By Capt. David Boyles
Forty Soldiers and Airmen from the Pennsylvania National Guard, in cooperation with state agencies, recently began a support mission the Brighton Rehab and Wellness Center.
The contingent initially consisted of a 12-member medical support team, consisting of service members who are trained medical specialists, and 15 service members who were at the facility to assist in cleaning and related tasks.
Pennsylvania Task Force West later added 12 more Soldiers to assist inside the facility and one non-commissioned officer to assist outside of the facility with administrative matters.
The Guard members answered the call within 24 hours and began in-processing and being fitted for personal protective equipment at a nearby location on May 11.
“We continue to stay informed on the situation at the Brighton Rehabilitation and Wellness Center to ensure we are providing all the necessary support, appropriate supplies, and equipment required to assist the resident care and facility management," said Lt. Col. Gary Zembower, PTF West commander. "We are responding to the effort with an additional 12 Soldiers to better serve the needs of the facility as they continue working toward focused resident care in a timely, cooperative effort.”
Many of the members of the medical support team also work in the medical field in civilian occupations beyond the National Guard’s duty assignment.
For example, Lt. Col. Albert Fogle, the 2nd Infantry Brigade Combat Team’s brigade surgeon, the highest medical advisor to the brigade commander, is a board certified doctor in family medicine and fellowship trained and board certified in Geriatrics.
PTF West’s leadership has had ongoing communication with the on-ground teams at Brighton. Both Zembower and Fogle continue to coordinate with the Medical Support Team and the care center as the task force continues to address the needs of the facility’s residents.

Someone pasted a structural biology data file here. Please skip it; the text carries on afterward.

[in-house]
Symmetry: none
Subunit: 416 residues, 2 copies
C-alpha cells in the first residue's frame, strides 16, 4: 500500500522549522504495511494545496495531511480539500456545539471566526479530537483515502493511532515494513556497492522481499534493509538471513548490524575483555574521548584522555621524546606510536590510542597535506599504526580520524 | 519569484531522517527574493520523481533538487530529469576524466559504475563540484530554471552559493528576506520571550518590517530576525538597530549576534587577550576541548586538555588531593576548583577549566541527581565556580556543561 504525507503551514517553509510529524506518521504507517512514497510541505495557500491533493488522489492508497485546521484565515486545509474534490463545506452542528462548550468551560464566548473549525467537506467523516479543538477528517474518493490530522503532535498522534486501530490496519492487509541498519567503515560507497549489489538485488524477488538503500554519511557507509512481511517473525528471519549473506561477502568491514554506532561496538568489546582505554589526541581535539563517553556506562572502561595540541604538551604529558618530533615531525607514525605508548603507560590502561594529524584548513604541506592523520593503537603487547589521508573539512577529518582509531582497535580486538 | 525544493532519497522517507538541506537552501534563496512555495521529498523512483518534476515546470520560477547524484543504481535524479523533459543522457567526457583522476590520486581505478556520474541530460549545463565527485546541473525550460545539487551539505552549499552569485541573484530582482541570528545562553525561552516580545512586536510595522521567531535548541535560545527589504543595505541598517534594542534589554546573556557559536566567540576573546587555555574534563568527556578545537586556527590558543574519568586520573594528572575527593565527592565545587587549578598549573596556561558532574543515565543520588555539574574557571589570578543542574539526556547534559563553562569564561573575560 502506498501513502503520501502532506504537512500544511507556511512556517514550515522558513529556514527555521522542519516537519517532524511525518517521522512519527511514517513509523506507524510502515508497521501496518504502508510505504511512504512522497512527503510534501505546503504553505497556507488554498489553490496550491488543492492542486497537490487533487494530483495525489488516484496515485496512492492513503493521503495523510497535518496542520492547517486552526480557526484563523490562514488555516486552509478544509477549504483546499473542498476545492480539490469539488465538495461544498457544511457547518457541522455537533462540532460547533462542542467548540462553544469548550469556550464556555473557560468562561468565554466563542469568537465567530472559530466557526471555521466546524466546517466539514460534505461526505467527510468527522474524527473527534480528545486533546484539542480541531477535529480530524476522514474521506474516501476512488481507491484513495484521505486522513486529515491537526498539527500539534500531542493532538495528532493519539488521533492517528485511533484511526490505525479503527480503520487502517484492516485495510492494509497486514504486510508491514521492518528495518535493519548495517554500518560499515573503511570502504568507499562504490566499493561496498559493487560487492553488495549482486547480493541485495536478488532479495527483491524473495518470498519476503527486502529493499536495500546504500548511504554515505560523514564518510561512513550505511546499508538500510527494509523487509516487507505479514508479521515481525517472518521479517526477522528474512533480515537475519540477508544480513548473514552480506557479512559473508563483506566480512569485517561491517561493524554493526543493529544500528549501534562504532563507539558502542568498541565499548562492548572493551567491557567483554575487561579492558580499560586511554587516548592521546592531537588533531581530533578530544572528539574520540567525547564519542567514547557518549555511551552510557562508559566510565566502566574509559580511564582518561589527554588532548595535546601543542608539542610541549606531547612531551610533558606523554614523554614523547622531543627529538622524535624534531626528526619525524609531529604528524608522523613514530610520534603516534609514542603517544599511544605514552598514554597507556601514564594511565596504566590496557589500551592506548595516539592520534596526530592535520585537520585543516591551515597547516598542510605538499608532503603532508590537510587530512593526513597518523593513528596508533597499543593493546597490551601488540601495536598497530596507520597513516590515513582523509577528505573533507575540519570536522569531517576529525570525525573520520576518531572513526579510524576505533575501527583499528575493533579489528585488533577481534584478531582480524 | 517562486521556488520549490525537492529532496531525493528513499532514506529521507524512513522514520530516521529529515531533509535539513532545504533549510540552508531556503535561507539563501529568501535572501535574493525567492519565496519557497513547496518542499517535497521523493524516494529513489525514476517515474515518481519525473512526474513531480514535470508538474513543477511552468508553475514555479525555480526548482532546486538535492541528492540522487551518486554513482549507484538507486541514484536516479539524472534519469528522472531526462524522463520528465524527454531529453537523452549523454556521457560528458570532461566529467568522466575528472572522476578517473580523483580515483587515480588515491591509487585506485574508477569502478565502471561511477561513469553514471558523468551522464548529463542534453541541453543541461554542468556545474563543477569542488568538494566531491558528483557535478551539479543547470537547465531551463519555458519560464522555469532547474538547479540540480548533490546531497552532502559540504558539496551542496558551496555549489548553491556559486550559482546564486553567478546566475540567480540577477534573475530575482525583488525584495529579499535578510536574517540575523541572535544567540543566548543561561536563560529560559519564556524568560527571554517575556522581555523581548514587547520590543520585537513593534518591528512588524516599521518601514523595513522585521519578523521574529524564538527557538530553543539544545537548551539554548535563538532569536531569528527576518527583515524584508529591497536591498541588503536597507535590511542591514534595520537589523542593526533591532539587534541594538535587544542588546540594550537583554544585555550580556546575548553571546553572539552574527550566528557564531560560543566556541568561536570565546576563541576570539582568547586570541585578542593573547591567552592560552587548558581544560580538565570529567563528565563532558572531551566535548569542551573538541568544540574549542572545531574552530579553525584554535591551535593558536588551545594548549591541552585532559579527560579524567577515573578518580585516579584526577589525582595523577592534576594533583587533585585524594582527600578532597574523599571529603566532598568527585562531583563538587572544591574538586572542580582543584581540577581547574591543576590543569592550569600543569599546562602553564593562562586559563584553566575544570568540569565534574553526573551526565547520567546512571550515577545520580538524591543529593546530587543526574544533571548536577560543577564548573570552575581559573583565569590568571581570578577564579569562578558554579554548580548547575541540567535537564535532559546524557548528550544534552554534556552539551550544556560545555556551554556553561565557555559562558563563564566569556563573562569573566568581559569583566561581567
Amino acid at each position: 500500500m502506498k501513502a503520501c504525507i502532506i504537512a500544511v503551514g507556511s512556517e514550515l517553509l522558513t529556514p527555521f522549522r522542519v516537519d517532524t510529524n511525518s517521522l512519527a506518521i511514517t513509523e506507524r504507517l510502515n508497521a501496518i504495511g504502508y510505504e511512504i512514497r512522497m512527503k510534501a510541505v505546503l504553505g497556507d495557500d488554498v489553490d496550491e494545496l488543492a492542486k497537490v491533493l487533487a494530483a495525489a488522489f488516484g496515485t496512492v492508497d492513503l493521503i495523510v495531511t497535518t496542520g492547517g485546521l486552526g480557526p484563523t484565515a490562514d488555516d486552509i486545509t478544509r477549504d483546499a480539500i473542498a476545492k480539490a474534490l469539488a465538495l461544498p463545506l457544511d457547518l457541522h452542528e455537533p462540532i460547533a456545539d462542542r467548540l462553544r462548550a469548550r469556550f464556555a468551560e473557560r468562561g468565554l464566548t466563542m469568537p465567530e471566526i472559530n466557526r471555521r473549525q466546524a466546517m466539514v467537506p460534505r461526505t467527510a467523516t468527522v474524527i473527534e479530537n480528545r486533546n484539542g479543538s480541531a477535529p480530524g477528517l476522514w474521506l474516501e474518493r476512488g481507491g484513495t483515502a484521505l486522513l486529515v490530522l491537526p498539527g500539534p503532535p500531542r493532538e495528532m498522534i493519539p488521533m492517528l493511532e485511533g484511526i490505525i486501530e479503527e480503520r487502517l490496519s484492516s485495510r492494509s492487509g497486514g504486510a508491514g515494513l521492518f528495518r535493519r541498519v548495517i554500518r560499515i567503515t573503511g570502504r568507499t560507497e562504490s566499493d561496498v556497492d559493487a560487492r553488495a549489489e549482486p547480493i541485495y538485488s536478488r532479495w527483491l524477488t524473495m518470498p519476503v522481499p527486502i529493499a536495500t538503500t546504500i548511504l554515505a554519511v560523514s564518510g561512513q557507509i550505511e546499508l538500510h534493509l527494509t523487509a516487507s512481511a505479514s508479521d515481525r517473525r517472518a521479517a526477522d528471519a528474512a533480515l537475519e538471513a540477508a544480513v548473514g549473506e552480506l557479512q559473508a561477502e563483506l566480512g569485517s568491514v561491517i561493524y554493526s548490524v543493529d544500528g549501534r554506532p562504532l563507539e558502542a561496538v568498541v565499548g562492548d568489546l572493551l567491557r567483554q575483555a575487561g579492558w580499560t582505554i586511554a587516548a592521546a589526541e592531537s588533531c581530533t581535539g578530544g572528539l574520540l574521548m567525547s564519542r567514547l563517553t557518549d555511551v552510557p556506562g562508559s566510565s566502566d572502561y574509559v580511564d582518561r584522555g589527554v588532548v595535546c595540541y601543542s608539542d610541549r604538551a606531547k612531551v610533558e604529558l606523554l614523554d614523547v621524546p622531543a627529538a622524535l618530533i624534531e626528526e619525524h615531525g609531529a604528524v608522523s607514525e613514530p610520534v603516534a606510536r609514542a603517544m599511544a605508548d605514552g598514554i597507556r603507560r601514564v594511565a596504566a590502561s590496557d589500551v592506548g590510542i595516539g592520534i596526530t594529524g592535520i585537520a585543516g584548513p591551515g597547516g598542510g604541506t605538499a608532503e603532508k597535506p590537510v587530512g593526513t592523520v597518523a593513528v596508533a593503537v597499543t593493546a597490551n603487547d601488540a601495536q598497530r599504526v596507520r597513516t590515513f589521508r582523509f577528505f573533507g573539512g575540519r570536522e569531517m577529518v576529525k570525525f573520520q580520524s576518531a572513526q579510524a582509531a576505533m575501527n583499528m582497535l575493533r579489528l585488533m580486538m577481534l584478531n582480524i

“The initiation of service members from the Pennsylvania National Guard assisting the facility has been a positive one," Fogle said after meetings with the management and doctors working at Brighton. "The cooperation of the staff and administration has been very open and welcoming. Within 24 hours, our Pennsylvania National Guardsmen were able to respond and were integrated into the care center to assist with the residents' needs. Our service members are highly qualified and dedicated to assisting the residents needs to continue the ongoing cooperative effort against COVID-19.”
The team will provide cooperative support to Brighton to allow the nurses and staff to focus on the patients living in the home. The medical support team will work in three shifts with extra personnel assisting during the daytime shift as directed by Eva Hamilton, the facility’s director of nursing.
The medical support team’s officer in charge, 1st Lt. Kara Moyer is working cooperatively with Brighton leadership and staffs to coordinate the efforts in the care center as the service members serve the needs of the facility and residents.
“It has been difficult in the early stages of coordination and orientation, but we are very happy to help and provide care for the residents of Brighton Rehab and Wellness Center," Moyer said. "Whether it is taking out the trash, cleaning, feeding, or getting the patients ice, we are proud of our efforts in serving our community members.”
In addition to the main team, an 11-member Civil Support Team from Fort Indiantown Gap is augmenting the Pa. National Guard’s presence at Brighton. The CST’s focus is sanitizing the facility and training the staff on proper sanitizing procedures. This team also began this Monday, May 11, by aiding, training, and assisting the Brighton’s efforts to sterilize the facility.
The CST met with Ed Mejia the director of environmental services at Brighton on Tuesday. Training of the staff from Health Care Services Inc., a contracted cleaning service, began immediately.
“We are extremely happy to have the National Guard’s assistance, and welcome the extra help,” Mejia said.
The Civil Support Team is a full time unit that is a highly trained group with skills that include cleaning hazardous biological, chemical, and virus-contaminated environments.
It is not known at this time how long the mission at Brighton will last.
In a letter addressing the service members, 2nd IBCT commander Lt. Col. Richard Tylicki said: “those Soldiers called out on Active Duty for the commonwealth’s response to the outbreak, I thank you for putting yourself in harm’s way to support civilian authorities as we work to beat this invisible and new enemy.”